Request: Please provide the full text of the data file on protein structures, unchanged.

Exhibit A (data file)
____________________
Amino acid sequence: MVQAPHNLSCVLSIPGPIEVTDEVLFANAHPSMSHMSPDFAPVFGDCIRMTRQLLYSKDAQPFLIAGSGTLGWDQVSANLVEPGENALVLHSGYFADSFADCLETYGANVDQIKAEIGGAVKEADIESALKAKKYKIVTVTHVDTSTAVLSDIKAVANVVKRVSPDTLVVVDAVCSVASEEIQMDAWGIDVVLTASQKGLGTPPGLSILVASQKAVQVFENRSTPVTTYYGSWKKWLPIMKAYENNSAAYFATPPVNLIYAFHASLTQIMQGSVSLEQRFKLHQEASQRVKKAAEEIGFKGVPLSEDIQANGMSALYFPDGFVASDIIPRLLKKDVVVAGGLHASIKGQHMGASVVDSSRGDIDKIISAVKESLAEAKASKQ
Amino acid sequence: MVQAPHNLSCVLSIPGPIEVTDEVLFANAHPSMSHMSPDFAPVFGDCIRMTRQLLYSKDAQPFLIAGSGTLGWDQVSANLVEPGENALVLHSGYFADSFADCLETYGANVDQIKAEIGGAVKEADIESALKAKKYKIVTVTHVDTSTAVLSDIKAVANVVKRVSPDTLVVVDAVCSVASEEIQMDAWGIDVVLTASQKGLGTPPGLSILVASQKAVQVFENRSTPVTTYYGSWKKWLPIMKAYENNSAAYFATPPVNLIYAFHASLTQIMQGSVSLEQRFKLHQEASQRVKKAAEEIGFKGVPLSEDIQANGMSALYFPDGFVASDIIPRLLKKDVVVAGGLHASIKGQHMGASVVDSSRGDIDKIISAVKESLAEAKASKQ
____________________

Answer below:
Amino acid sequence: MVQAPHNLSCVLSIPGPIEVTDEVLFANAHPSMSHMSPDFAPVFGDCIRMTRQLLYSKDAQPFLIAGSGTLGWDQVSANLVEPGENALVLHSGYFADSFADCLETYGANVDQIKAEIGGAVKEADIESALKAKKYKIVTVTHVDTSTAVLSDIKAVANVVKRVSPDTLVVVDAVCSVASEEIQMDAWGIDVVLTASQKGLGTPPGLSILVASQKAVQVFENRSTPVTTYYGSWKKWLPIMKAYENNSAAYFATPPVNLIYAFHASLTQIMQGSVSLEQRFKLHQEASQRVKKAAEEIGFKGVPLSEDIQANGMSALYFPDGFVASDIIPRLLKKDVVVAGGLHASIKGQHMGASVVDSSRGDIDKIISAVKESLAEAKASKQ
Amino acid sequence: MVQAPHNLSCVLSIPGPIEVTDEVLFANAHPSMSHMSPDFAPVFGDCIRMTRQLLYSKDAQPFLIAGSGTLGWDQVSANLVEPGENALVLHSGYFADSFADCLETYGANVDQIKAEIGGAVKEADIESALKAKKYKIVTVTHVDTSTAVLSDIKAVANVVKRVSPDTLVVVDAVCSVASEEIQMDAWGIDVVLTASQKGLGTPPGLSILVASQKAVQVFENRSTPVTTYYGSWKKWLPIMKAYENNSAAYFATPPVNLIYAFHASLTQIMQGSVSLEQRFKLHQEASQRVKKAAEEIGFKGVPLSEDIQANGMSALYFPDGFVASDIIPRLLKKDVVVAGGLHASIKGQHMGASVVDSSRGDIDKIISAVKESLAEAKASKQ